Washington Fishing

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Eugene Gutsalo and his brother Sergey have been fishing Lake Washington for many years. It is no secret that the brothers have a tremendous amount of experience on the lake, having won numerous events, including the last Northwest Bass event to venture across the mountains. Yet on March 23rd, all of the countless days fishing, scanning, and learning about Lake Washington culminated in one of the biggest bags of smallmouth ever coming across the scales on Lake Washington. Boasting a 6.01 pound kicker smallmouth, the Gutsalo brothers weighed in a massive 22.92 pounds of big mean smallmouth! I sat down with Eugene this week to talk about the event and he laid out a lot of great insights about early spring fishing on Lake Washington.

How did your large amount of experience on the lake clue you in to what the lake was doing?

“Sergey and I typically start going to Lake Washington every weekend starting in late February and this year was no different. We noticed pretty quickly that this spring was a tougher than normal to catch decent numbers of smallmouth and the big ones were very hard to come by. Despite the weather holding the bite back, we knew that the fish would still be moving back to spawning bays, and so we focused on trying to intercept them along their way back into the spawning pockets. We were just mentally prepared to have to grind out a limit because practice had been so tough.”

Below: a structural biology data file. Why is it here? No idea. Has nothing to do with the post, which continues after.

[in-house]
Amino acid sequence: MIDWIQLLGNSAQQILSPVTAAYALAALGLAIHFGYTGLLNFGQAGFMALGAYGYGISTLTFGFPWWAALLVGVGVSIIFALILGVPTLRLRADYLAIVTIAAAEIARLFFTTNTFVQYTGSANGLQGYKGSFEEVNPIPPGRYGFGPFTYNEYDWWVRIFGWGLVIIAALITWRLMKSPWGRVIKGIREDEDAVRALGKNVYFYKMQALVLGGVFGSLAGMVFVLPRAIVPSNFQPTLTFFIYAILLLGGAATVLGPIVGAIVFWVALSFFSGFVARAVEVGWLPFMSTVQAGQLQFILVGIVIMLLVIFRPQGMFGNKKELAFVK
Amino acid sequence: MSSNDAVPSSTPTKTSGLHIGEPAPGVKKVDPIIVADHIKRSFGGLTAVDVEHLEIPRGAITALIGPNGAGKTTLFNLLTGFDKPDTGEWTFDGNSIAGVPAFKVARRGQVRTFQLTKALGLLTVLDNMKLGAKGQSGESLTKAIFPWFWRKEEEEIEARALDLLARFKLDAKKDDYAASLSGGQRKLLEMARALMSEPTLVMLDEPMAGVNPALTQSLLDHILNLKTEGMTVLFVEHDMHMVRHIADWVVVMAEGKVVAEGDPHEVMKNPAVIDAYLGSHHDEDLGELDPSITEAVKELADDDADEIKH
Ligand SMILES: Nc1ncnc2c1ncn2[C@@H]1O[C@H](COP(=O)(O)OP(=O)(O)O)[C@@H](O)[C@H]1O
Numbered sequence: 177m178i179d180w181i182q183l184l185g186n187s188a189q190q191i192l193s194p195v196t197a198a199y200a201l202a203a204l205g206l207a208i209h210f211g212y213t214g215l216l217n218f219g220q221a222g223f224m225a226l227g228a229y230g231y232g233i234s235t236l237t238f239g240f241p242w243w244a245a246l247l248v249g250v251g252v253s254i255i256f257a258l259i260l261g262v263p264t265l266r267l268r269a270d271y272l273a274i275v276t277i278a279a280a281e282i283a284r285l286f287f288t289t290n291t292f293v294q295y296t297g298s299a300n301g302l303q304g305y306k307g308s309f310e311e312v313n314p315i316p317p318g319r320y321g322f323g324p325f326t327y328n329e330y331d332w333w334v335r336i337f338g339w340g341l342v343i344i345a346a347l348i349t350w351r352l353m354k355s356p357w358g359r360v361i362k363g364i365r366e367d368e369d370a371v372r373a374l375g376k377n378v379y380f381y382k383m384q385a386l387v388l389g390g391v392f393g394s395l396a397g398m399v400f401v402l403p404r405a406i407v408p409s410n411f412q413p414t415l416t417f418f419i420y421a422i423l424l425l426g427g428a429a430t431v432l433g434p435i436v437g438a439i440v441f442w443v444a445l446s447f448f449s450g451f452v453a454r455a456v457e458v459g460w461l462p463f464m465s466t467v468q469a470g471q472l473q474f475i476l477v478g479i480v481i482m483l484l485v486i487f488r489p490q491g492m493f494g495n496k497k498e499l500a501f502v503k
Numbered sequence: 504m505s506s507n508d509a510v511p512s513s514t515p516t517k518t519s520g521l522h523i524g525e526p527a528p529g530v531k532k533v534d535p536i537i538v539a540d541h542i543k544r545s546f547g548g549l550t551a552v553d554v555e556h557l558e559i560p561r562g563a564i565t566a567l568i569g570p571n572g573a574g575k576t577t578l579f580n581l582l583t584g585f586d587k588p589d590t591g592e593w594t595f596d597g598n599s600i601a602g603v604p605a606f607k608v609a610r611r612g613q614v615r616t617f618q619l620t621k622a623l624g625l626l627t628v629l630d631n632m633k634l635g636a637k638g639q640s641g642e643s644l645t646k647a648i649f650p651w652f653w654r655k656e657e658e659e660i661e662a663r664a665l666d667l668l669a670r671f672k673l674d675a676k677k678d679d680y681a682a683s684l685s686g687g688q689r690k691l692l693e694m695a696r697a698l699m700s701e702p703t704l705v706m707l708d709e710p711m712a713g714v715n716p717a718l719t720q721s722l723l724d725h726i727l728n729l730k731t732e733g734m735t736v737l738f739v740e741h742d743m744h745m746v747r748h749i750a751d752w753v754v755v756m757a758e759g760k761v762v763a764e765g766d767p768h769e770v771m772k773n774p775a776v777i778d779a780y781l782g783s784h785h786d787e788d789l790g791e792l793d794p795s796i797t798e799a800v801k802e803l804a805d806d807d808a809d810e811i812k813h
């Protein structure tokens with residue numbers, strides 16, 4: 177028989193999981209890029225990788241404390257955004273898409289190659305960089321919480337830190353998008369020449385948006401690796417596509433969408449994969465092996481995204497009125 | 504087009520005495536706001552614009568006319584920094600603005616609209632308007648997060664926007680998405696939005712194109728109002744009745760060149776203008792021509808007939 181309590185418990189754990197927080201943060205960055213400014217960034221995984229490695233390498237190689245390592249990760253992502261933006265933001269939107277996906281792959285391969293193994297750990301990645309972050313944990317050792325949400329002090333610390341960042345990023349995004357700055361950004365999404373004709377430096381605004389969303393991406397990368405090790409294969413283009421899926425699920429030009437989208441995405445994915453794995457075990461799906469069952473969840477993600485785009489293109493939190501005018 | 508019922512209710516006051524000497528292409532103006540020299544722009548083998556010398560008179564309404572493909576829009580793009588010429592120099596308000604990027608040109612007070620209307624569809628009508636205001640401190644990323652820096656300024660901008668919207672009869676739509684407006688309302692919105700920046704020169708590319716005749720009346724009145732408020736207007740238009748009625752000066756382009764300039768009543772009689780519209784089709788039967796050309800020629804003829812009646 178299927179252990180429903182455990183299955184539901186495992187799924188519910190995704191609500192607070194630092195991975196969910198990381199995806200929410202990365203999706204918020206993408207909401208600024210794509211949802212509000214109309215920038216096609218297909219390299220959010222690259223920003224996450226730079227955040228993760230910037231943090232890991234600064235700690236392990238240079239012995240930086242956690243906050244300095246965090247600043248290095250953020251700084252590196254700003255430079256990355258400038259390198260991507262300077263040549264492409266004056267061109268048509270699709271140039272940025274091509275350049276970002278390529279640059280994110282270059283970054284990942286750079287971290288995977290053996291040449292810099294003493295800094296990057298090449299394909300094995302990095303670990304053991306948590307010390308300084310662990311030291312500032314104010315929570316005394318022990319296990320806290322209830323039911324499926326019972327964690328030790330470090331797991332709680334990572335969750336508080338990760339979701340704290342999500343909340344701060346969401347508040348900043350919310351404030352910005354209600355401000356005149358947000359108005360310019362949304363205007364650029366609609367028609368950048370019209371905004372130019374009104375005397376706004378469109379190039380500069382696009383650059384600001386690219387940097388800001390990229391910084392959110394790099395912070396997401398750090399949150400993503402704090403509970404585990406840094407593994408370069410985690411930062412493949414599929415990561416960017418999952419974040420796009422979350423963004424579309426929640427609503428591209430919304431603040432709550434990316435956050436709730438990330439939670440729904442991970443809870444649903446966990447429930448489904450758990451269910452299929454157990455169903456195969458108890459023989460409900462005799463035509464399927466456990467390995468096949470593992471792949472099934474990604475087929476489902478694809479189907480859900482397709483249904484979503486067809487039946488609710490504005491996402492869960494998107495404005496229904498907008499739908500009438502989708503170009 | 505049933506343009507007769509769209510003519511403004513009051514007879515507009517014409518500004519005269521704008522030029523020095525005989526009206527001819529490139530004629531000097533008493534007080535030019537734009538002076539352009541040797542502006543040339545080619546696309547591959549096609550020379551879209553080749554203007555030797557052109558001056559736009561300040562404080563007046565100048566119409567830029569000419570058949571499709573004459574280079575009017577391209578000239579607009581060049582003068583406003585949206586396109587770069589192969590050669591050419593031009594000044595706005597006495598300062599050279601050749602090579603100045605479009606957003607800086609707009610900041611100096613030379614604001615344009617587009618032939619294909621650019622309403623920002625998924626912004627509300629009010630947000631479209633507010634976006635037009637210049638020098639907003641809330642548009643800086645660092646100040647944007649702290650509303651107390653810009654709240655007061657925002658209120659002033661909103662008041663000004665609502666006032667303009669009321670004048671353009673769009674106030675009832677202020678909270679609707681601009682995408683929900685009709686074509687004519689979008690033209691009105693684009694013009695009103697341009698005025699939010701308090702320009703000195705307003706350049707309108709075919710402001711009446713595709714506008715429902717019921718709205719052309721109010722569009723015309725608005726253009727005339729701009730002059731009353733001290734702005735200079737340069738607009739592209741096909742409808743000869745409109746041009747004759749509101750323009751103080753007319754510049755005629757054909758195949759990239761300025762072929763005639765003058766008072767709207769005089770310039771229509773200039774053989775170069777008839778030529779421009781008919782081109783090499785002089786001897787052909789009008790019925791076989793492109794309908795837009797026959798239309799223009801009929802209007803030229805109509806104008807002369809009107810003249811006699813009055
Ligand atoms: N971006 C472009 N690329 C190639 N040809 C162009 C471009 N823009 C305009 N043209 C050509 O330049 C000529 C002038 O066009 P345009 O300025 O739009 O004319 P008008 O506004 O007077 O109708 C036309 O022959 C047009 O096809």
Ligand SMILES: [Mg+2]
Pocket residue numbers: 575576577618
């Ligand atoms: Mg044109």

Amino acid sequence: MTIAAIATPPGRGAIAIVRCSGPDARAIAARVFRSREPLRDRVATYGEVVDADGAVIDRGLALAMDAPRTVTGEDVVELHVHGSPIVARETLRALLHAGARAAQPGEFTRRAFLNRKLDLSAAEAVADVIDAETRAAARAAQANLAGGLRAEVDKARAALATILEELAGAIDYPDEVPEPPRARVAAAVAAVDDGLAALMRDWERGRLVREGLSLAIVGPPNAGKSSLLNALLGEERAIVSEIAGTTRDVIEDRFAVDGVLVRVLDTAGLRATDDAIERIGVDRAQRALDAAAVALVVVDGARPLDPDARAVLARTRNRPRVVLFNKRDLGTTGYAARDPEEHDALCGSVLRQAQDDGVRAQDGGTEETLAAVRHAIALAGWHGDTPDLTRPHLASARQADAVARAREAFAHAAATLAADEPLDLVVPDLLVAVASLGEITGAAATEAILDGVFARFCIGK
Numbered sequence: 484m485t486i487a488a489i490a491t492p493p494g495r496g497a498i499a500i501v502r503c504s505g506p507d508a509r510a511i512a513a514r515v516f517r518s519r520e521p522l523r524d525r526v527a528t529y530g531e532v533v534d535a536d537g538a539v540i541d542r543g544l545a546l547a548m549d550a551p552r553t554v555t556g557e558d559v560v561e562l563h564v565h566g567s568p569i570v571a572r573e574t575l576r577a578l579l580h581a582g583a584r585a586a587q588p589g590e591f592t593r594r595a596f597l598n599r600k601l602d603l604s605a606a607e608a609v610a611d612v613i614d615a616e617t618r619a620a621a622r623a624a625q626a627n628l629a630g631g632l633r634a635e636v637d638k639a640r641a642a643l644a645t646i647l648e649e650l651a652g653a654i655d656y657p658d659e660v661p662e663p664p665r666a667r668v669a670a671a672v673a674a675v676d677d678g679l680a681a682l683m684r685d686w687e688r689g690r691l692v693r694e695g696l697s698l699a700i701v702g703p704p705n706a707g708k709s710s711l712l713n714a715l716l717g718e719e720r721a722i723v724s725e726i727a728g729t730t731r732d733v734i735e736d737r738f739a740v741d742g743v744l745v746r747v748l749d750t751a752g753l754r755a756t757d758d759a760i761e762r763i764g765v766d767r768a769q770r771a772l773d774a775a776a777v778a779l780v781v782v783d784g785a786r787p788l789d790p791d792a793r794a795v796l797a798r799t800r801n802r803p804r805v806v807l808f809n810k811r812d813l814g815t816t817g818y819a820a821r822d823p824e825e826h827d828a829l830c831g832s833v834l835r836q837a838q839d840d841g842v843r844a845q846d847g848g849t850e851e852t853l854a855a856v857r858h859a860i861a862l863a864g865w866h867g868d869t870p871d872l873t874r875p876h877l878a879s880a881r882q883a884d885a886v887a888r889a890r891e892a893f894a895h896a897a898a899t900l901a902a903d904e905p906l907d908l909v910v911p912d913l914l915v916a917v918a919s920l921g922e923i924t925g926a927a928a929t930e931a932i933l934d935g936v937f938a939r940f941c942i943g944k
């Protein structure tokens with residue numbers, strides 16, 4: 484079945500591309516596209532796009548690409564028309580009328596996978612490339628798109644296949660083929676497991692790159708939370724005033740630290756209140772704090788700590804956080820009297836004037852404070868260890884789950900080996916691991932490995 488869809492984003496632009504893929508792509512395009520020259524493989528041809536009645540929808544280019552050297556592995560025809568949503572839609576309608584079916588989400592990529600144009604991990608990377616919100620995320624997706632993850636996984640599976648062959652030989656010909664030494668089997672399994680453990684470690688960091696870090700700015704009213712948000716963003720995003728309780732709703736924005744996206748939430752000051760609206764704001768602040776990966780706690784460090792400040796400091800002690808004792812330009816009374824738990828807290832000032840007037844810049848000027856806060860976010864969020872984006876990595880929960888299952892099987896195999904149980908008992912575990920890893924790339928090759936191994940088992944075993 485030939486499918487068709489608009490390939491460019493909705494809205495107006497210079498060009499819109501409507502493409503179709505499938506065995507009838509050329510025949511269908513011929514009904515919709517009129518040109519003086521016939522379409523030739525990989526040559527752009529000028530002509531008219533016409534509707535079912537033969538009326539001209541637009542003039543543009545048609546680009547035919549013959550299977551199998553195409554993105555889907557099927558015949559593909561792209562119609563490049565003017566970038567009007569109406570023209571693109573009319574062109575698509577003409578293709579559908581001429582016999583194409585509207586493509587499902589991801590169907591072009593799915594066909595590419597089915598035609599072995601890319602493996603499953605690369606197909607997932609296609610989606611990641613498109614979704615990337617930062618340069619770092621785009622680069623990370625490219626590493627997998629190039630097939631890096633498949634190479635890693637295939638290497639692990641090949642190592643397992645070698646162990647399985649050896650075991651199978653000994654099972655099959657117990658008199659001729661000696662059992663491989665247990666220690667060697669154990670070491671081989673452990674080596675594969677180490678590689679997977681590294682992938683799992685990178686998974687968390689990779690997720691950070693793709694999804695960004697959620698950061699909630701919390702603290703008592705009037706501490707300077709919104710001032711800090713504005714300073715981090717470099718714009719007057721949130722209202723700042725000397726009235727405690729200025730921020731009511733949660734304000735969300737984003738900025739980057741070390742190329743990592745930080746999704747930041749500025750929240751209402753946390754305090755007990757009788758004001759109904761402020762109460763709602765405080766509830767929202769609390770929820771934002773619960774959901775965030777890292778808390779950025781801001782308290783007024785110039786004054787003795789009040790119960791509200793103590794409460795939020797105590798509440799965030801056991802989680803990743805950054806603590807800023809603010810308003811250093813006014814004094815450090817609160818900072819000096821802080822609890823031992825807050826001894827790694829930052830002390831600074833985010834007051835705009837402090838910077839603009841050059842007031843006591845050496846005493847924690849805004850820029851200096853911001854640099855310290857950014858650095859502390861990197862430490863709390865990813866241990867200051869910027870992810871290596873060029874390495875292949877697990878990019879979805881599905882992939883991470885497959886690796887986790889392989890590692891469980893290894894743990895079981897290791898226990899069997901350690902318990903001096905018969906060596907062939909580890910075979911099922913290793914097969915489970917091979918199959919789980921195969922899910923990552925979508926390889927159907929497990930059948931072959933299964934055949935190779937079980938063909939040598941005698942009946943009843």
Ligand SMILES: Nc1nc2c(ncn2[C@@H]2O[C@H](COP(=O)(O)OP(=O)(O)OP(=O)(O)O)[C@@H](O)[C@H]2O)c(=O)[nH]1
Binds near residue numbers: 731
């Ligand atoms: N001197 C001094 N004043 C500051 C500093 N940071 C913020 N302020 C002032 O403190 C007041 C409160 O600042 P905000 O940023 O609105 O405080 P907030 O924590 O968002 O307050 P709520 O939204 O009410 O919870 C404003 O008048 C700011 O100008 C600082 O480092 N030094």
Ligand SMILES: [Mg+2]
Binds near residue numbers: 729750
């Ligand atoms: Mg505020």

Lake Washington is a bit of a unique lake, what’s your process for practicing for an event on it?

“When we practice for an early spring event on Lake Washington, we do a lot of graphing and try to mark fish on the sonar. Typically the fish are either glued to the bottom or are a few feet above it this time of year, so they are easy to identify on the graph. If we think there are fish in an area then we fish that spot and try to catch a single fish to check the size of the population. This time of year, the smallmouth seem to school by size and often can be patterned to other similar locations. I used to drop a camera for practice but now I prefer to catch a fish because I have been burned a few too many times by seeing a strong population of fish but not being able to catch them. I think that just because you can see the fish on the bottom doesn’t mean that that is where they feed. Some fish can move considerable distances to get to certain areas to feed.

Once they feel like they have a decent pattern figured out for the smallmouth, they will go and either chase a completely different smallmouth pattern or go and look for largemouth. “When looking for largemouth, we try to cover a lot of water in the bays until we run into a group of them. We try to not set the hook on them, but we will pull into them to try to gauge the size of the fish.”

How did you target and catch your fish?

The week leading up to the ABA tournament on Lake Washington was unusually warm and consistent weather for Western Washington. This was set up perfectly for Eugene and Sergey’s plan to target smallmouth moving up main lake points. The plan was for them to target rocky points that were outside of large spawning flats. On tournament day, the team relied heavily on their electronics to help them target specific rocky sections that they had marked in the years prior. The graphs also played an integral role in their choice of presentation. If they would see the fish on the bottom or not see anything at all, they would throw a football head because the fish were glued to the bottom. However, if they started seeing arches 1-3ft off of the bottom, they would switch to the swimbait and slow roll it just off of the bottom. For the first half of the day, the brothers worked their best few points pretty hard, but after they had a 20+ pound bag they started to cover water a lot faster, targeting the bigger, more aggressive fish.